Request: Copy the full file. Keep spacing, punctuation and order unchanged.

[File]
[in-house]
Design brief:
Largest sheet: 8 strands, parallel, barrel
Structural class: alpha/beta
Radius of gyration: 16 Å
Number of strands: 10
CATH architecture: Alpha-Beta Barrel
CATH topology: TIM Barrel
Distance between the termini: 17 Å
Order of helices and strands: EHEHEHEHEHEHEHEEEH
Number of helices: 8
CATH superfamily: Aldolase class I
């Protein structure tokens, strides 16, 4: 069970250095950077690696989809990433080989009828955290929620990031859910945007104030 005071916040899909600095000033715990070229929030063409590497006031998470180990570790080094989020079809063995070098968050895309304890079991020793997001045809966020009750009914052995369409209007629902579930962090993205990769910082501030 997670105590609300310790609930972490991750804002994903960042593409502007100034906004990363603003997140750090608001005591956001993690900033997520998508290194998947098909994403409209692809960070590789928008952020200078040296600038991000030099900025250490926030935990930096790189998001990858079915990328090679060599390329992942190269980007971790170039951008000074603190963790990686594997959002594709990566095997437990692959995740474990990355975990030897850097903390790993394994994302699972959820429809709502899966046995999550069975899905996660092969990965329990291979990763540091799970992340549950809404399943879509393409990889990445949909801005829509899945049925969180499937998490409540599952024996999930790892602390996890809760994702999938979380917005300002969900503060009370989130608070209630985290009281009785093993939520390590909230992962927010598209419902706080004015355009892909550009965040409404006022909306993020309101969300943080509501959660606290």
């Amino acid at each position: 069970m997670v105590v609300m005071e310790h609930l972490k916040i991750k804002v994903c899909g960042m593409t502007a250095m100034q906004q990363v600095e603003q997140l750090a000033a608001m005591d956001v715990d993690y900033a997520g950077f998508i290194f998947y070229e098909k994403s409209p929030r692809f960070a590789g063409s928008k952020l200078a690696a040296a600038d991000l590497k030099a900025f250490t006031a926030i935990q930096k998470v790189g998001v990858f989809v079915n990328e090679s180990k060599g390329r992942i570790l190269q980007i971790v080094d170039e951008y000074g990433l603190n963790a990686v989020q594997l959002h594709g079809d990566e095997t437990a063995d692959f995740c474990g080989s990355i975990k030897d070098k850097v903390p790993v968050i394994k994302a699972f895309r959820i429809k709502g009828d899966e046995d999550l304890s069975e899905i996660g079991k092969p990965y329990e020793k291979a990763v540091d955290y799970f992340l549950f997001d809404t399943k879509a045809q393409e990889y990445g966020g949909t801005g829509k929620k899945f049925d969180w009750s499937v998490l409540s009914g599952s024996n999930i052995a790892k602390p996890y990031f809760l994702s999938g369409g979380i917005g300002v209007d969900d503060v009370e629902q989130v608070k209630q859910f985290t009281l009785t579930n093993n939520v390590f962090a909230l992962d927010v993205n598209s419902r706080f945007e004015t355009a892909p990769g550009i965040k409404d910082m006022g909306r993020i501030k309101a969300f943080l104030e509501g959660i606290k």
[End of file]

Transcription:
[in-house]
Design brief:
Largest sheet: 8 strands, parallel, barrel
Structural class: alpha/beta
Radius of gyration: 16 Å
Number of strands: 10
CATH architecture: Alpha-Beta Barrel
CATH topology: TIM Barrel
Distance between the termini: 17 Å
Order of helices and strands: EHEHEHEHEHEHEHEEEH
Number of helices: 8
CATH superfamily: Aldolase class I
């Protein structure tokens, strides 16, 4: 069970250095950077690696989809990433080989009828955290929620990031859910945007104030 005071916040899909600095000033715990070229929030063409590497006031998470180990570790080094989020079809063995070098968050895309304890079991020793997001045809966020009750009914052995369409209007629902579930962090993205990769910082501030 997670105590609300310790609930972490991750804002994903960042593409502007100034906004990363603003997140750090608001005591956001993690900033997520998508290194998947098909994403409209692809960070590789928008952020200078040296600038991000030099900025250490926030935990930096790189998001990858079915990328090679060599390329992942190269980007971790170039951008000074603190963790990686594997959002594709990566095997437990692959995740474990990355975990030897850097903390790993394994994302699972959820429809709502899966046995999550069975899905996660092969990965329990291979990763540091799970992340549950809404399943879509393409990889990445949909801005829509899945049925969180499937998490409540599952024996999930790892602390996890809760994702999938979380917005300002969900503060009370989130608070209630985290009281009785093993939520390590909230992962927010598209419902706080004015355009892909550009965040409404006022909306993020309101969300943080509501959660606290």
């Amino acid at each position: 069970m997670v105590v609300m005071e310790h609930l972490k916040i991750k804002v994903c899909g960042m593409t502007a250095m100034q906004q990363v600095e603003q997140l750090a000033a608001m005591d956001v715990d993690y900033a997520g950077f998508i290194f998947y070229e098909k994403s409209p929030r692809f960070a590789g063409s928008k952020l200078a690696a040296a600038d991000l590497k030099a900025f250490t006031a926030i935990q930096k998470v790189g998001v990858f989809v079915n990328e090679s180990k060599g390329r992942i570790l190269q980007i971790v080094d170039e951008y000074g990433l603190n963790a990686v989020q594997l959002h594709g079809d990566e095997t437990a063995d692959f995740c474990g080989s990355i975990k030897d070098k850097v903390p790993v968050i394994k994302a699972f895309r959820i429809k709502g009828d899966e046995d999550l304890s069975e899905i996660g079991k092969p990965y329990e020793k291979a990763v540091d955290y799970f992340l549950f997001d809404t399943k879509a045809q393409e990889y990445g966020g949909t801005g829509k929620k899945f049925d969180w009750s499937v998490l409540s009914g599952s024996n999930i052995a790892k602390p996890y990031f809760l994702s999938g369409g979380i917005g300002v209007d969900d503060v009370e629902q989130v608070k209630q859910f985290t009281l009785t579930n093993n939520v390590f962090a909230l992962d927010v993205n598209s419902r706080f945007e004015t355009a892909p990769g550009i965040k409404d910082m006022g909306r993020i501030k309101a969300f943080l104030e509501g959660i606290k």